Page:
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The Top AI Skills Every Executive Assistant Needs

Artificial Intelligence (AI) is on everyone’s front burner. The data shows that the use of AI has exploded – but here’s the real statistic to pay attention to: in a recent survey, 90% of businesses said that they are investing in AI in some manner.

AI will not replace executive assistants; executives and leaders still need (and want!) real people they can trust, who care about their success, and who ultimately have their back.

But as AI becomes integrated into our everyday lives, it’s going to become increasingly important for executive assistants to know:

  1. How AI works
  2. How to effectively use it
  3. How to choose between the many AI tools out there

Let’s break it down.

1. Know How AI Works (And How It Doesn’t)

Executive assistants are excellent at caring, taking initiative, and being proactive. AI simply can’t replace or duplicate these, they require a real human with years of experience and high emotional intelligence.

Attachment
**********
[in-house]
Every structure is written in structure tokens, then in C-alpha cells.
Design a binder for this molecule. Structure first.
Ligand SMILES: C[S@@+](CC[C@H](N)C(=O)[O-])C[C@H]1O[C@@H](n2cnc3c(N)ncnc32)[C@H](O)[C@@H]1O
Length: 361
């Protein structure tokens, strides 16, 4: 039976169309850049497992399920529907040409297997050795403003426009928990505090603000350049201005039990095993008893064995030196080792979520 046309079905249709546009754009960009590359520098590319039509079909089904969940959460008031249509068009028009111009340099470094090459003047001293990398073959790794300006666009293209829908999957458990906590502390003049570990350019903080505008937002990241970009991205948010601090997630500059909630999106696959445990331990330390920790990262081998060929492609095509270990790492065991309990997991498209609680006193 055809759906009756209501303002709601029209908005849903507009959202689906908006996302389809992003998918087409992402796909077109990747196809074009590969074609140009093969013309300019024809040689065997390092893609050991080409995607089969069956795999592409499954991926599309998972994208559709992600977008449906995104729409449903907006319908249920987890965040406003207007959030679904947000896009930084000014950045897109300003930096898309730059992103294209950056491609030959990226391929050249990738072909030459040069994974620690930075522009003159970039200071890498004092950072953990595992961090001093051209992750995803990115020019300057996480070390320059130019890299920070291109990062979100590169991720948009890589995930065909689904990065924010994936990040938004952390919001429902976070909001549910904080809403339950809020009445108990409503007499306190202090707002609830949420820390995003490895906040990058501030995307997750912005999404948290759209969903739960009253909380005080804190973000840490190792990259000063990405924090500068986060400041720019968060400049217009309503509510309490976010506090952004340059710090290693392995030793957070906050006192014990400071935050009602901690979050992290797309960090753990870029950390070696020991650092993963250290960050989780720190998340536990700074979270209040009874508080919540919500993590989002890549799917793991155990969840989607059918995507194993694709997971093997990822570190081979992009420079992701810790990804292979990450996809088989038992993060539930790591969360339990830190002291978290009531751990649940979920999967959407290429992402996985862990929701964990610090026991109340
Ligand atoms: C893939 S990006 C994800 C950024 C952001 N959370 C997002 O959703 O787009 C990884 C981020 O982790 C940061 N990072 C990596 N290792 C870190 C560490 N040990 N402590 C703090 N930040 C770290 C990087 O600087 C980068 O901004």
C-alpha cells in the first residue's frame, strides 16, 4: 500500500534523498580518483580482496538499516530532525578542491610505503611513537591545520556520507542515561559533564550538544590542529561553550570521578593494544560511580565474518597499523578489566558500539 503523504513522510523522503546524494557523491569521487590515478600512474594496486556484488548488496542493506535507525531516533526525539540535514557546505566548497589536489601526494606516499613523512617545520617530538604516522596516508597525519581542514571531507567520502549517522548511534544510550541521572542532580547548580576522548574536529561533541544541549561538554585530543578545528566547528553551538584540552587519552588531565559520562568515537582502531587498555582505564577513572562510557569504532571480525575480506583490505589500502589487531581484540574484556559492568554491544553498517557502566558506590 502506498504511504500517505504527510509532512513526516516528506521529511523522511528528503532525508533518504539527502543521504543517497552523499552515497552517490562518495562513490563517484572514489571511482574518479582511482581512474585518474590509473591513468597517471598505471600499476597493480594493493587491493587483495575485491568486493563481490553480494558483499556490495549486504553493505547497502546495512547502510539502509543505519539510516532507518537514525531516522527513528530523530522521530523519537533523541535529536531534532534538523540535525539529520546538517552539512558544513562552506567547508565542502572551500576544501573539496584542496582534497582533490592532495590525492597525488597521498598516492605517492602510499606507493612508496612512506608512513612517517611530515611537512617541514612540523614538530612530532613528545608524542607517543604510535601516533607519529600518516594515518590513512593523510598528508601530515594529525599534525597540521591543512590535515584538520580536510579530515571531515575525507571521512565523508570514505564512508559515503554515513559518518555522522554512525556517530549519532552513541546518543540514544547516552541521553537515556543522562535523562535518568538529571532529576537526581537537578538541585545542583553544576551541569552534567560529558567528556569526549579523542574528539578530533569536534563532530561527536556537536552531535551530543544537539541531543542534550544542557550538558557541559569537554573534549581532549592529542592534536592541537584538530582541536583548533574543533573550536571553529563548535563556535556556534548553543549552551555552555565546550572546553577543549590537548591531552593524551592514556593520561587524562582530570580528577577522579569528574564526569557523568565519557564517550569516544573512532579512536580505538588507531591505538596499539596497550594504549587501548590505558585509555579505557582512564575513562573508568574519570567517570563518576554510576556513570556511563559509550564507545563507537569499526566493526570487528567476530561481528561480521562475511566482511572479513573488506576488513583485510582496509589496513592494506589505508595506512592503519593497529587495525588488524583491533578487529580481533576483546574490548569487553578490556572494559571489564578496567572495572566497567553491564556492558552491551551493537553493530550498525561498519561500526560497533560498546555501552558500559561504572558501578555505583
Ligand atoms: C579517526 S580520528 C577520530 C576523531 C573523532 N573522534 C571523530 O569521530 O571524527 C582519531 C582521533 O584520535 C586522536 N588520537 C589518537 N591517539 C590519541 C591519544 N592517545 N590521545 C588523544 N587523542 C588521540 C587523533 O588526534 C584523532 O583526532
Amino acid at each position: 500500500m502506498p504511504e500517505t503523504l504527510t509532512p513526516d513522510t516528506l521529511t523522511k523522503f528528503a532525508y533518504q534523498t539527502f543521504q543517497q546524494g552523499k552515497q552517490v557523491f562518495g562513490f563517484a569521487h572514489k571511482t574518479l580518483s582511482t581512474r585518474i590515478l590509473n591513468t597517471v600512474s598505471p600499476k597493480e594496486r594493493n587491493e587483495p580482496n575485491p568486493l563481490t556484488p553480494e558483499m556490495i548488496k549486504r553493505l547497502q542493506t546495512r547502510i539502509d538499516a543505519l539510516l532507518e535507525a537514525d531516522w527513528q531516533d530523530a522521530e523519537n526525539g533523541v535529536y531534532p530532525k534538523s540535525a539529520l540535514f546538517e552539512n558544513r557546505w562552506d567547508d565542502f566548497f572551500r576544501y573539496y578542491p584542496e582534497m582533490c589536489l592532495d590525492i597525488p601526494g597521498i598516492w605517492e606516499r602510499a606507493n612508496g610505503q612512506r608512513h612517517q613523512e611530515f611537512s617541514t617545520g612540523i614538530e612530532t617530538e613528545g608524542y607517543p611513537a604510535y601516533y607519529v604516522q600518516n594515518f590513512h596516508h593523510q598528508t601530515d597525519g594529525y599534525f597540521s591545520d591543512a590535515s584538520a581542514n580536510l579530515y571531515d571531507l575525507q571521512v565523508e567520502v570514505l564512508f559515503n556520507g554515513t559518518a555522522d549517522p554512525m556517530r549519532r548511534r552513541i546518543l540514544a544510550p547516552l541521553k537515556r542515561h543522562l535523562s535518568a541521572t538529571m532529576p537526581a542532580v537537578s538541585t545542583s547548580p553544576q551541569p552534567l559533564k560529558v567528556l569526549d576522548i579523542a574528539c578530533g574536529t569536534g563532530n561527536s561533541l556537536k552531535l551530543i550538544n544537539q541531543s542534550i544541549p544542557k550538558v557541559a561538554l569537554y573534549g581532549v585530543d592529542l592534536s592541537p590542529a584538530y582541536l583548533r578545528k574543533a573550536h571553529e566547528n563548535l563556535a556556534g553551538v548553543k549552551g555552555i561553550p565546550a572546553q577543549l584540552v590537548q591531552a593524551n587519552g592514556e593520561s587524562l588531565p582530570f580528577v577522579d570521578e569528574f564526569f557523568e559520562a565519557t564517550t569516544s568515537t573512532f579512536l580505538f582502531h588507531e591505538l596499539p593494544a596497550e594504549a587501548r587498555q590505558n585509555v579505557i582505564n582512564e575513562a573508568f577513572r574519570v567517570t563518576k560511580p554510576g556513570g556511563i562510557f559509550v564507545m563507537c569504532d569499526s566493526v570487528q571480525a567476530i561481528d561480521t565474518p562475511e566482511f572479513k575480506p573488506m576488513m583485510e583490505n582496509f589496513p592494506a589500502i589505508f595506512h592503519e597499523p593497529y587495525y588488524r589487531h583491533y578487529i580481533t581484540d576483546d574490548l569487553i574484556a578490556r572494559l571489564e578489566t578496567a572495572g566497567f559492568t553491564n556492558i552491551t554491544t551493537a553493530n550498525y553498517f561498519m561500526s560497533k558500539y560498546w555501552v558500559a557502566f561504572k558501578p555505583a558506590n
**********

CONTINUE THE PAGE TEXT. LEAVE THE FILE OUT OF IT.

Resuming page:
But today’s EAs need to understand how to use AI, and that starts with knowing what it is and isn’t.

AI systems consume massive amounts of data to analyze and learn from it. When humans interact with AI through apps or chat systems, AI gives back results that best fit the pattern it understands you need.

Another way of looking at it is that AI often returns helpful results, but not perfect results. For example, see what happened when our executive assistants challenged ChatGPT.

Understanding how AI works matters because that will also help you understand how it isn’t intended to work. AI can increase your productivity, but it is not meant to remove you – the human being – from the equation.

It’s also important to know that AI doesn’t always return what you need.

It might give you copy with the wrong tone of voice, or a schedule that doesn’t fit what your executive prefers. It may even provide incorrect information that your own research negates.

Getting good at prompts helps with some of this (and we’ll talk about that in a bit), but AI is still learning and sometimes returns results that must be adjusted. AI is only as smart as the user, both in the input and determining the value of the output.

Because AI is increasingly woven into nearly every app (and more every day), you’re already using AI whether you realize it or not. It’s one of the reasons it’s important to know how AI works and how to evaluate the results.